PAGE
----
Vein failure leads to abnormally high pressure in the leg veins which can force fluid out into the tissues causing swelling (edema). High vein pressures and stress on the vein walls also leads to red and white blood cells being forced or migrating out of the blood vessels into the tissues. When this occurs over an extended period of time, venous insufficiency can cause a number of skin problems.
As red blood cells break down their iron is deposited in the tissues leading to a brown discoloration (skin pigmentation). As activated white blood cells enter the tissues they release chemicals that damage the tissues. This may lead to the build up of products (e.g. fibrin) that impede diffusion of oxygen and other nutrients. The first skin signs are often mild eczema with wet and itchy, red scaly skin (varicose eczema), usually just above the ankle. More advanced skin lesions appear as shiny white areas of skin (atrophie blanche) or include hardening of the fatty layer beneath it (lipodermatosclerosis).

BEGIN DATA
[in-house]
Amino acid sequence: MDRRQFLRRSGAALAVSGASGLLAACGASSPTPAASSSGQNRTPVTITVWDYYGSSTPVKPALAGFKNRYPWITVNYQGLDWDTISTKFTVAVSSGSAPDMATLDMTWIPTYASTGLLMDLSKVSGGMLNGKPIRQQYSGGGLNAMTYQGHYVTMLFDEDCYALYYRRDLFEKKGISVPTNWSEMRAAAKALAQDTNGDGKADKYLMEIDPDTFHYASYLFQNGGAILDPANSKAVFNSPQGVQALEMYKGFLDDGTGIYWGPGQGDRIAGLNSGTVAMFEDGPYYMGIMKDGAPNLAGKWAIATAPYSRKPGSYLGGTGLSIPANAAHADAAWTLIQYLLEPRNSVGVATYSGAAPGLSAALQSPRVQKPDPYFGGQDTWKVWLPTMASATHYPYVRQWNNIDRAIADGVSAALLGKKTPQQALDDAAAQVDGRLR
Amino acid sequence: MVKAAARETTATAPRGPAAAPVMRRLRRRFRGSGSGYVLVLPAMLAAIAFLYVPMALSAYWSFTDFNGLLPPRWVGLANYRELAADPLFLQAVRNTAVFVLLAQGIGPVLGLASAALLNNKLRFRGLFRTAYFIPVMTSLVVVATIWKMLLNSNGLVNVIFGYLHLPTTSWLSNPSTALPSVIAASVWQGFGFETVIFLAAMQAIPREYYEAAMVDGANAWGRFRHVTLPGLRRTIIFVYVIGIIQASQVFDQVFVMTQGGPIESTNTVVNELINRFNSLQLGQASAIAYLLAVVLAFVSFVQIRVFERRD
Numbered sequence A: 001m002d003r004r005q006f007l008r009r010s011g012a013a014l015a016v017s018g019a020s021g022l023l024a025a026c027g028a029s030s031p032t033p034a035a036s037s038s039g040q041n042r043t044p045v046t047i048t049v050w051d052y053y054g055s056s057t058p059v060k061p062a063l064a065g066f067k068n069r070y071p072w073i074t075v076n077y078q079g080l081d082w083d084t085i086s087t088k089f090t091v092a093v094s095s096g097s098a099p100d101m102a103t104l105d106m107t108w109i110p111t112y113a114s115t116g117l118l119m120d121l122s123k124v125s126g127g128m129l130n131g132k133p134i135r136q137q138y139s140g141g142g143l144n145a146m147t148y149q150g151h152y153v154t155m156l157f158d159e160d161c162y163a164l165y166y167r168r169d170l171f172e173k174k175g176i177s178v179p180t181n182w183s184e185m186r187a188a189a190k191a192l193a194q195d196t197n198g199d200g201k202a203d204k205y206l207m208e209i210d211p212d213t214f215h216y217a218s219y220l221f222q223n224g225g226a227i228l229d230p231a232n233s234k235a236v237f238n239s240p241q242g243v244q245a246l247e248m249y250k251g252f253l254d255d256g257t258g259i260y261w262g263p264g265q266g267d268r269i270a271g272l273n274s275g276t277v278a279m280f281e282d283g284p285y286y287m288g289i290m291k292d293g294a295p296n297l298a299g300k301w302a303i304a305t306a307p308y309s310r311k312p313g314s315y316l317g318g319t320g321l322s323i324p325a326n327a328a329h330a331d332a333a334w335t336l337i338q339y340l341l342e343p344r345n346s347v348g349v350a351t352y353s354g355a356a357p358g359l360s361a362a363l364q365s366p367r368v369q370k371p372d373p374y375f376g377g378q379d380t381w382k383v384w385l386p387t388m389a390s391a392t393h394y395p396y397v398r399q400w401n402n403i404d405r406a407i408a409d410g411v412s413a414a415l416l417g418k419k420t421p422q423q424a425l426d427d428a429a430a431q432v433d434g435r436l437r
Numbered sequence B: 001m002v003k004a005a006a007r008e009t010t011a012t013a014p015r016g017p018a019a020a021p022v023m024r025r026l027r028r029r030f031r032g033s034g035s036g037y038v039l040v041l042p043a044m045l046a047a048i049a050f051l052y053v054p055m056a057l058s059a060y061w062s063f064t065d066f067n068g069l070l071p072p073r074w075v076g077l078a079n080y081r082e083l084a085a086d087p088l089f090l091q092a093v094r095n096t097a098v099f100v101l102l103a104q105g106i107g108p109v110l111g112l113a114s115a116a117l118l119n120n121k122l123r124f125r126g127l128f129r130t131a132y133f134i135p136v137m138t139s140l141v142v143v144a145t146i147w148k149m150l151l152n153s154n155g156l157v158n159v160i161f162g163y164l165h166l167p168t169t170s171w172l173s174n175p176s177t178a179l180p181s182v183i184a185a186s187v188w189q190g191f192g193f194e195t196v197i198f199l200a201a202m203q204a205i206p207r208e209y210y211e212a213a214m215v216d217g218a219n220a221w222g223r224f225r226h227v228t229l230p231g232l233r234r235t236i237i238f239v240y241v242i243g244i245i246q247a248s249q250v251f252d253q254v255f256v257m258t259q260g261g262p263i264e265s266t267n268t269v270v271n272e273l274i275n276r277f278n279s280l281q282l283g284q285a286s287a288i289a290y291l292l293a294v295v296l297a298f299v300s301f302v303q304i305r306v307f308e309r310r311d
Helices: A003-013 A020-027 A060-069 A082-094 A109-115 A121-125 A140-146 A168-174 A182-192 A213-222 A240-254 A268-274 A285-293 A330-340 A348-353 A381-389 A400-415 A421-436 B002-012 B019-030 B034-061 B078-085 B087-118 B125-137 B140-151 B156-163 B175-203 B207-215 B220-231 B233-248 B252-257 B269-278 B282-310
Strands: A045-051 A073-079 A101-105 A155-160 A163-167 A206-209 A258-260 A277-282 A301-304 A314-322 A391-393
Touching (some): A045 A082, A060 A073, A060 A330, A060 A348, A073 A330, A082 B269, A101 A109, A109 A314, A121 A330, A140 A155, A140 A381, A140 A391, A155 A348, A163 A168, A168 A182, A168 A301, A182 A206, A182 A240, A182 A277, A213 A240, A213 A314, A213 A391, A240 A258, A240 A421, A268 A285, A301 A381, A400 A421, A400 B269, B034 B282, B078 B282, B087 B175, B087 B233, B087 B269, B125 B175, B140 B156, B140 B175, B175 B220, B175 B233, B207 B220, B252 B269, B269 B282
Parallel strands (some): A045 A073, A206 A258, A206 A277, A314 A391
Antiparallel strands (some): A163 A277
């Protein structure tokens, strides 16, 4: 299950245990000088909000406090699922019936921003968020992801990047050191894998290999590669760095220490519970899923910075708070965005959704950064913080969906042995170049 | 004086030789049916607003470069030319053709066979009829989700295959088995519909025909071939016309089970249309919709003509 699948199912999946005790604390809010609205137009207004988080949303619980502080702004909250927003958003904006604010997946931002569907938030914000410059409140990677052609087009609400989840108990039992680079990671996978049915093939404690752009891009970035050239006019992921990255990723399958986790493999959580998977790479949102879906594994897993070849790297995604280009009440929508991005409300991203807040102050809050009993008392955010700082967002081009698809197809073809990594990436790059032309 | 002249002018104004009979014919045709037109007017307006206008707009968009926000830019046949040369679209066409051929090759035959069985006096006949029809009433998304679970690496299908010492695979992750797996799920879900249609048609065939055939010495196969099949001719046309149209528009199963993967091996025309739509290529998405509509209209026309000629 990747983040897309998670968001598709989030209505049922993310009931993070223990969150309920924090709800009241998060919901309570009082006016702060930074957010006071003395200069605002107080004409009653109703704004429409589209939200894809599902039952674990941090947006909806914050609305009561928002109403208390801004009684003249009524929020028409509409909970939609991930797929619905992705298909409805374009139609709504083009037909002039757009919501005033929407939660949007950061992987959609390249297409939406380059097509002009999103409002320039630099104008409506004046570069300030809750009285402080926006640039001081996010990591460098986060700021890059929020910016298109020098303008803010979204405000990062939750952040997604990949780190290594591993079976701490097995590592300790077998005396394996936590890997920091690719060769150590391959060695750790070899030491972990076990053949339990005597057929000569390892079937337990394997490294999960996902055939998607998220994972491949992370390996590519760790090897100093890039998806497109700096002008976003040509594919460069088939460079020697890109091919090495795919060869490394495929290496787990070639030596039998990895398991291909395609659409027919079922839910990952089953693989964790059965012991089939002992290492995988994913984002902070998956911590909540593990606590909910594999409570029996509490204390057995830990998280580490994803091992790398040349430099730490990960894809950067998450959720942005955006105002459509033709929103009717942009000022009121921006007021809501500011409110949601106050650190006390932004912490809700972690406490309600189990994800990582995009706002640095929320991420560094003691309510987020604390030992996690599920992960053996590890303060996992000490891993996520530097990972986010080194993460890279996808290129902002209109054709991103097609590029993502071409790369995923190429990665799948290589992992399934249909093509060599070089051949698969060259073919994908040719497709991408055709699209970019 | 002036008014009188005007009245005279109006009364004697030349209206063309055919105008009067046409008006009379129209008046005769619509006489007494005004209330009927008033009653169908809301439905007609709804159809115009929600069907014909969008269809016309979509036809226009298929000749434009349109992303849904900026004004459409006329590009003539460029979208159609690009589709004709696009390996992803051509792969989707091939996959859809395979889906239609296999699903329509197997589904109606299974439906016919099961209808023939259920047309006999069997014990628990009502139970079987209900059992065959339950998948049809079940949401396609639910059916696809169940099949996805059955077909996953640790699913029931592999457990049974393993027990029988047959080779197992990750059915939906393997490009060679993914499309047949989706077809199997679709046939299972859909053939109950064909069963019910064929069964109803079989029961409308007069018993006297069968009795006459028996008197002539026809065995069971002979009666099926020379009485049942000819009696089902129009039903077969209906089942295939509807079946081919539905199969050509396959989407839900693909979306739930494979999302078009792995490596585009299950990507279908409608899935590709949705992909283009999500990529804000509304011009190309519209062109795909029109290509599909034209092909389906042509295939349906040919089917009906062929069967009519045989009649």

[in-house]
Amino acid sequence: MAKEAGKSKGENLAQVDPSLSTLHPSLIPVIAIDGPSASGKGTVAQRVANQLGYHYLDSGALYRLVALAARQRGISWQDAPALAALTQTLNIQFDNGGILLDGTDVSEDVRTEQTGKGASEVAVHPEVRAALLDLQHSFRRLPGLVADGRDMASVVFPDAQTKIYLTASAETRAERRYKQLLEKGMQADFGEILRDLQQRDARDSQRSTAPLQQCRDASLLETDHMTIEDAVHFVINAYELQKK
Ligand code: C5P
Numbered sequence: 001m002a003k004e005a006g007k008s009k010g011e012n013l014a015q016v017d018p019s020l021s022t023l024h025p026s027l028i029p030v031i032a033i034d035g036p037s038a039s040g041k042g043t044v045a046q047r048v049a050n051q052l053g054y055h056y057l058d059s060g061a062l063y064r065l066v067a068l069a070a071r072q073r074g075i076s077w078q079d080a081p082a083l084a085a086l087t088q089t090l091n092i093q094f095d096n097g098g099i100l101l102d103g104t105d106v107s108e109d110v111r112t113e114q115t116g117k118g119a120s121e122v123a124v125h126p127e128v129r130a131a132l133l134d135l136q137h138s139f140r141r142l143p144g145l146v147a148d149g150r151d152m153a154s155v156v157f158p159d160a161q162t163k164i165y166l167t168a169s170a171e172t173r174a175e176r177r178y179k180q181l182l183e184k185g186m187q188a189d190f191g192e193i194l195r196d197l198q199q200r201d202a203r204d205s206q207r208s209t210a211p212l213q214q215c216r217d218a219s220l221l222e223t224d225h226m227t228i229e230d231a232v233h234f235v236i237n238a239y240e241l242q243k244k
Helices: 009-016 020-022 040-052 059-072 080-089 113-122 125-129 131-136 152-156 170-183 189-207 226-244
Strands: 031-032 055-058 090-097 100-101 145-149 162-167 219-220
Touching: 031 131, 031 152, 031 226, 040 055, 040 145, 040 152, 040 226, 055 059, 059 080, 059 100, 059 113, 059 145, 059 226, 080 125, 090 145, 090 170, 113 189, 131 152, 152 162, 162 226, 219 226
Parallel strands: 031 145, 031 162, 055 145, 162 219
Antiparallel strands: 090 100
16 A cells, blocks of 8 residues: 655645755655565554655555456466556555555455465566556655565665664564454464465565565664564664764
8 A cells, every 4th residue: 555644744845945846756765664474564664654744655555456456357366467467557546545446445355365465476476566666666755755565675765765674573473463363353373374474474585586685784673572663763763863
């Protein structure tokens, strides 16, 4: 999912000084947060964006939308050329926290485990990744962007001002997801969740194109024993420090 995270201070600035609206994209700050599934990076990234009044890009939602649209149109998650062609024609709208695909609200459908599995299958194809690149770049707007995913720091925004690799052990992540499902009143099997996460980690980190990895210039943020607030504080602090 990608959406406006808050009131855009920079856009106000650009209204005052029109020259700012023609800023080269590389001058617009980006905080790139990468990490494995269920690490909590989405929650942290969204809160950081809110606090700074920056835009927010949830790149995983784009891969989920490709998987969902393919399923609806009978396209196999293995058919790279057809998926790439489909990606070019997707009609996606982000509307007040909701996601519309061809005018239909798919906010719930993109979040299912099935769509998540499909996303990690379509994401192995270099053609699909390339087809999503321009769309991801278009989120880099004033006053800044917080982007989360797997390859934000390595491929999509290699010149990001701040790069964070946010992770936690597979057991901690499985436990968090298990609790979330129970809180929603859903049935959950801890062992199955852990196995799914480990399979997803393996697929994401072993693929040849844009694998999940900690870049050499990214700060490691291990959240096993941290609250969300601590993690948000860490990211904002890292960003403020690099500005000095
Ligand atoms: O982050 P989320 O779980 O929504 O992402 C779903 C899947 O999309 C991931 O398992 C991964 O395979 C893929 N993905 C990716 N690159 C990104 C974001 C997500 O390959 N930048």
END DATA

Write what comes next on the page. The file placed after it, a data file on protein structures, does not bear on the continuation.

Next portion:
The ultimate result can be death of the tissues surrounding the veins leading to ulceration (venous stasis ulcers). The typical venous ulcer occurs on the lower leg (usually near the ankle where the vein pressures are highest) and is often surrounded by skin having a rusty brown color.
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